One of the difficult parts is dealing with disappointment. I get frustrated when I don't understand why something went wrong or I make a mistake. I usually ruminate on what happened and beat myself up about it, but the best part is that I'm slowly learning to handle disappointment in better and smarter ways.
To be honest, on Friday, I faced three different work-related situations that brought me to tears. As I wallowed a bit and tried to fall asleep that night, I had a mini-breakthrough: what had happened wasn't life or death. In fact, those three instances weren't going to affect anyone else negatively. I was giving the day so much power over my mood and my confidence, and it wasn't worth that energy.
I came up with three important questions to ask myself when disappointment strikes. These questions help to put things in perspective:
1) Is this a case of life or death?
My dad is a doctor and faces life-and-death decisions every day. Or in my former job, a mistake could have cost my company or the client a lot of money. I'm doing important work now, but it's not going to hurt anyone but me if I make an error or receive a rejection email.
2) Will this matter a year from now?
This is a go-to question for many aspects of life. It instantly helps me gauge how significant something is and understand that even if it seems like the worst, most awful thing ever today, it likely won't cross my mind a year from now. Or if it does, I'll be able to see how far I've come and the good that's come out of it.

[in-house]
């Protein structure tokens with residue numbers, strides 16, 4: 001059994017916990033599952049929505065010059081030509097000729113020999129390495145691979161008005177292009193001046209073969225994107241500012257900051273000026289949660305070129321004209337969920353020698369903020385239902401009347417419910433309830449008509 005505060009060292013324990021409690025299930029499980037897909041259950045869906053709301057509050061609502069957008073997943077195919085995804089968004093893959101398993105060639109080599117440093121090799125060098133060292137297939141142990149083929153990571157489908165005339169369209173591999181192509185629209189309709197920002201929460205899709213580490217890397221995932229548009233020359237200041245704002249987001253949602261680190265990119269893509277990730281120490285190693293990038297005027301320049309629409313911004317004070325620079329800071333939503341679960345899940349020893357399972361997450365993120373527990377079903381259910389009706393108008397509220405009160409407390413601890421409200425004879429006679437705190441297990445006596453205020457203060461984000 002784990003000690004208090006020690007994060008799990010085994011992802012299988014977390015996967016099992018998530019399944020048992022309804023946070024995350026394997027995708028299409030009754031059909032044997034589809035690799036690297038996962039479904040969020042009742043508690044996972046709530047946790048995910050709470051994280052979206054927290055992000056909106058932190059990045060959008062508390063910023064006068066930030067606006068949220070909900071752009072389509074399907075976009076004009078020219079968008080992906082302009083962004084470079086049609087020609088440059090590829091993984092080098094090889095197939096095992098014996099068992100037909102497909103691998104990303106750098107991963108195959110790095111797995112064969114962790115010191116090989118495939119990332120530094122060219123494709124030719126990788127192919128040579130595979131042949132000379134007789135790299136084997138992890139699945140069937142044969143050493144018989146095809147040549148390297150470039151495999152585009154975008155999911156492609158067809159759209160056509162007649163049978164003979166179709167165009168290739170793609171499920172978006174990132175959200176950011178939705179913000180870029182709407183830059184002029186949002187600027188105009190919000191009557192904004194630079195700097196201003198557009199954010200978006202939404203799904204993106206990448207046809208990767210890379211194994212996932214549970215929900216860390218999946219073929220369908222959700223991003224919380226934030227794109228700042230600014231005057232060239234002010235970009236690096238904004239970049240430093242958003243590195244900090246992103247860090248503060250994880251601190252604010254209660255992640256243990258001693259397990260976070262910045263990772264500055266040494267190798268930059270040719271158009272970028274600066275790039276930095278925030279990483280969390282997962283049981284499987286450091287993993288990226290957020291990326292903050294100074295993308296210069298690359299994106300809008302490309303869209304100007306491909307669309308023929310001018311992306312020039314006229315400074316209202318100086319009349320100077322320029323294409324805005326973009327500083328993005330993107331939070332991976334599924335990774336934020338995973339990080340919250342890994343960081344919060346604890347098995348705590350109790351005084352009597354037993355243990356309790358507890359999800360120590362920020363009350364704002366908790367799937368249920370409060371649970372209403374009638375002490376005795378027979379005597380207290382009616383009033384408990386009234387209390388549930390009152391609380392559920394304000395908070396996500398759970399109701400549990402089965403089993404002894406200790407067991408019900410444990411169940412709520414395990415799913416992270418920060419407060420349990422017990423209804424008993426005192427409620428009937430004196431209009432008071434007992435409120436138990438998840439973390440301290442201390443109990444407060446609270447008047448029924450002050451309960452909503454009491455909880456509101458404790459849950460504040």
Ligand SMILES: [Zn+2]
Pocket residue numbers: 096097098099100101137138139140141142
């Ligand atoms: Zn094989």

3) What can I learn from this?
Even when facing tough stuff, it's possible to find good, to learn a lesson, to grow. I might not always understand why something happens or what exactly I should do differently if I'm put in the same situation, but over time, I will see the positive effects. I will learn.
I know not every disappointment in life can be calmed by asking these three questions. We can't solve every hurt, at least not right away. There may be times that we have to deal with life-or-death dilemmas, with events that will matter years from now, with difficulties that don't seem to have a lesson within it.
In those cases, we have to reach out to others for support, have faith, and keep moving forward. We can acknowledge that it's hard and it's scary and it just plain sucks. We can accept how we feel and hope each day is a little brighter and a little clearer. We can let go of negativity, look for beauty in the small moments, hold tight to those we love.
Or if all else fails, I suppose it doesn't hurt to do as Elizabeth Taylor says...